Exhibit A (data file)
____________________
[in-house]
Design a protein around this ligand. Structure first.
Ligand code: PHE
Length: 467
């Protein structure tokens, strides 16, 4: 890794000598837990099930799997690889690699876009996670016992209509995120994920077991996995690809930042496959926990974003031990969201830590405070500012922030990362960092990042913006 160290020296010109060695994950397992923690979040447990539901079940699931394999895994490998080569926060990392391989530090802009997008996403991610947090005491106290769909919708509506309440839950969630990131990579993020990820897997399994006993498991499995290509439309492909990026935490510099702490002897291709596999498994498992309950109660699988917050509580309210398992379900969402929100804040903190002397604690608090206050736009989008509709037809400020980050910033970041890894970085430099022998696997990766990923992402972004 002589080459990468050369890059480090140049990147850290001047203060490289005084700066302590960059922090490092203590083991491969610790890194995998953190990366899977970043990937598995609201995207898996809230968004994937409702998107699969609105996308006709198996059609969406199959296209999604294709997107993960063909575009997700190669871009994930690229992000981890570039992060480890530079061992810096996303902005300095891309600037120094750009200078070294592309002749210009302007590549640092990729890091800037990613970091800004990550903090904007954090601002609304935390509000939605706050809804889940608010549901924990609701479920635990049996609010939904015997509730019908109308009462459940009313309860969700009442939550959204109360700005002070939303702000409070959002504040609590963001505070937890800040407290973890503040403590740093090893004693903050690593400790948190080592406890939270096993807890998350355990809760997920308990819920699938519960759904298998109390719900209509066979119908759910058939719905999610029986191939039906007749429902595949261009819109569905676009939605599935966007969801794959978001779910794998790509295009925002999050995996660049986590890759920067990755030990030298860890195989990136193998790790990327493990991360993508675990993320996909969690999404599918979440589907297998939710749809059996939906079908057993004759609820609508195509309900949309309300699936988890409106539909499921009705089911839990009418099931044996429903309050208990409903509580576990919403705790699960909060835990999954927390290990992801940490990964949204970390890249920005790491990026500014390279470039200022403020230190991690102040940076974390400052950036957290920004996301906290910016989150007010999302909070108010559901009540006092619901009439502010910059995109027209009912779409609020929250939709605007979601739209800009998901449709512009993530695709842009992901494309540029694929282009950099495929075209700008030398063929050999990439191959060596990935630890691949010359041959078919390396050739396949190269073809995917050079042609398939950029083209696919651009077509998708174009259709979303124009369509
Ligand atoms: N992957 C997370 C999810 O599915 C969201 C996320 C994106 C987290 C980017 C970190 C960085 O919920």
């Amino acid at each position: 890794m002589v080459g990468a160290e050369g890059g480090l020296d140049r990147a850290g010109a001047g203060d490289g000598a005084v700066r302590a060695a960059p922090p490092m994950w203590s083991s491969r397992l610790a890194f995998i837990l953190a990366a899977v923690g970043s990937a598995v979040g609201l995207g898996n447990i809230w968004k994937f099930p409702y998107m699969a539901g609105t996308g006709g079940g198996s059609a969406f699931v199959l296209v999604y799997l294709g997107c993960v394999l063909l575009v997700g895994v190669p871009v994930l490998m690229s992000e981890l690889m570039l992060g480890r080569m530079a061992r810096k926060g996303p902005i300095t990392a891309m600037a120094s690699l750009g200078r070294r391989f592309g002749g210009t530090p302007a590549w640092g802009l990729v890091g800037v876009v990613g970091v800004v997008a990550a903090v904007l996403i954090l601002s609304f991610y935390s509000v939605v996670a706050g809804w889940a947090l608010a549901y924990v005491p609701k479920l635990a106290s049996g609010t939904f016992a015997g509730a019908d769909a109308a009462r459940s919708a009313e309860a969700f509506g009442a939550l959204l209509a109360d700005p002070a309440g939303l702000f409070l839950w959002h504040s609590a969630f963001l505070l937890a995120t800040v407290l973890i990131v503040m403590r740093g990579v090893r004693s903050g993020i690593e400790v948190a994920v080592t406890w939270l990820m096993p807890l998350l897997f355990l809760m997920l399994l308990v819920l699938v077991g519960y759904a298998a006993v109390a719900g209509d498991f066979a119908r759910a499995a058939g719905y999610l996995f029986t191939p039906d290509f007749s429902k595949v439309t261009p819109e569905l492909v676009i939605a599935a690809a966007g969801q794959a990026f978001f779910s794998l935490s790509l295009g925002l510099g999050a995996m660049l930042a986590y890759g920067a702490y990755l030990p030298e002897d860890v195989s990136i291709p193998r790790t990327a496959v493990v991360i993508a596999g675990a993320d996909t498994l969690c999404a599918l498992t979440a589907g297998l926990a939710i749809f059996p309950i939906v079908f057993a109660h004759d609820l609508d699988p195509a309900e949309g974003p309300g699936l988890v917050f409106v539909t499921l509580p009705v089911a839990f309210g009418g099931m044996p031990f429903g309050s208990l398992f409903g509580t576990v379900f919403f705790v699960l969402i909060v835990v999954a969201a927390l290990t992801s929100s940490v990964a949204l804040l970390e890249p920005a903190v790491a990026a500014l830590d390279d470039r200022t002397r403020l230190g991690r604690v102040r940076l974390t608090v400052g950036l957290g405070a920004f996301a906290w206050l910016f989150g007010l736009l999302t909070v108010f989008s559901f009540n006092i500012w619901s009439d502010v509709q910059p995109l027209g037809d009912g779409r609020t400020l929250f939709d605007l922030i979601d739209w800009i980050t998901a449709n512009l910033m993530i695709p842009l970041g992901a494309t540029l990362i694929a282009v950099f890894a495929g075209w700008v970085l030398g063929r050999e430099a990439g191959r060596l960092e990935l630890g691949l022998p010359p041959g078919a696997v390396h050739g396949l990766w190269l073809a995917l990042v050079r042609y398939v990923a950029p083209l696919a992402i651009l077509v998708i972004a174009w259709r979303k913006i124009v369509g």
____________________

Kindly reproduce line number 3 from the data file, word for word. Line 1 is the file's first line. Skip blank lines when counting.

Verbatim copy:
Ligand code: PHE